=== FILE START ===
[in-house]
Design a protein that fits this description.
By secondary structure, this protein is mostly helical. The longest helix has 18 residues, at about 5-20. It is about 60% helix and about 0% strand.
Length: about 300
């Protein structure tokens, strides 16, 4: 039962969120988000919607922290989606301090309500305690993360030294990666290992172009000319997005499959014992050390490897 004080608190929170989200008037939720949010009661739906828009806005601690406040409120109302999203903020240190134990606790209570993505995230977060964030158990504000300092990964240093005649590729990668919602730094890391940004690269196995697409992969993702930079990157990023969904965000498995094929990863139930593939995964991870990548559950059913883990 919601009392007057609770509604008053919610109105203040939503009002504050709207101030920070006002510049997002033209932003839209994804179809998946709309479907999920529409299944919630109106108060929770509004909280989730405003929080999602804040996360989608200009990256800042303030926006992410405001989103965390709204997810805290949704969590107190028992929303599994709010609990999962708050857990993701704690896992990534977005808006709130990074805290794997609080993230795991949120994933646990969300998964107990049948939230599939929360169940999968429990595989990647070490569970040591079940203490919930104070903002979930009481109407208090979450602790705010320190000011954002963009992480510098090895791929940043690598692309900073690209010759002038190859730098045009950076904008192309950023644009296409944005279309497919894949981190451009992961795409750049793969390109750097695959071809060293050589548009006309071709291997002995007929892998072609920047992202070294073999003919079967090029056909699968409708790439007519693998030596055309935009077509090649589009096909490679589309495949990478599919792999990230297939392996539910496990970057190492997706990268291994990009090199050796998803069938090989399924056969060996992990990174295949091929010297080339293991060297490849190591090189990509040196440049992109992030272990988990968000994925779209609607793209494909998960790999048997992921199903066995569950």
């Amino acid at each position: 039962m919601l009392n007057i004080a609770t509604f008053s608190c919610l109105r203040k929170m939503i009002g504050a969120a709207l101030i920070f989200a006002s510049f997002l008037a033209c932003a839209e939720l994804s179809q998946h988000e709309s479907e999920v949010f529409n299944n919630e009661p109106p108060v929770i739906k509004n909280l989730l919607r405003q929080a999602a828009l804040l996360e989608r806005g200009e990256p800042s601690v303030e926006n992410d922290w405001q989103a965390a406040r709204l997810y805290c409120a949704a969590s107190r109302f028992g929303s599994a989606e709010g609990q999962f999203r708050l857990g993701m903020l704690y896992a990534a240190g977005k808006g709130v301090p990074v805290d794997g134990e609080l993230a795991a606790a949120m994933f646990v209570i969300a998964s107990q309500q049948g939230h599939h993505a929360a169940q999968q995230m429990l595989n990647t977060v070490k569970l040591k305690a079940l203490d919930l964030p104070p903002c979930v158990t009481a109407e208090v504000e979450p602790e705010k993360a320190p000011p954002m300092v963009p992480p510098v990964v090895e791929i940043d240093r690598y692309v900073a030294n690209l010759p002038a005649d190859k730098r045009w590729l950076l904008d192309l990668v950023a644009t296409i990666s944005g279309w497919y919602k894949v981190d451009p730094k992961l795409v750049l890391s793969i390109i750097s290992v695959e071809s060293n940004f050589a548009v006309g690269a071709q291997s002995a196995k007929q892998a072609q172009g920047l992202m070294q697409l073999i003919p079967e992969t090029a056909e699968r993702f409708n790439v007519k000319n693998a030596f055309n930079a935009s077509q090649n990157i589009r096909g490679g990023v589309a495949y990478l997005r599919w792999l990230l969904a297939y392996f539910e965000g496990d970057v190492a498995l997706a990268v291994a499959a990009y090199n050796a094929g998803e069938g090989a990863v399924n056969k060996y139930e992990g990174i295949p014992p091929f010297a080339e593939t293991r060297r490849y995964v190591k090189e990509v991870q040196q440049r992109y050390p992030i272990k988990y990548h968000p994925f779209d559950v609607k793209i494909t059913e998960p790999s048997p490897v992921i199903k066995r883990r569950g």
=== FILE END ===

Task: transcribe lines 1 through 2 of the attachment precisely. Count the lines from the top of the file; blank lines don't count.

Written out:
[in-house]
Design a protein that fits this description.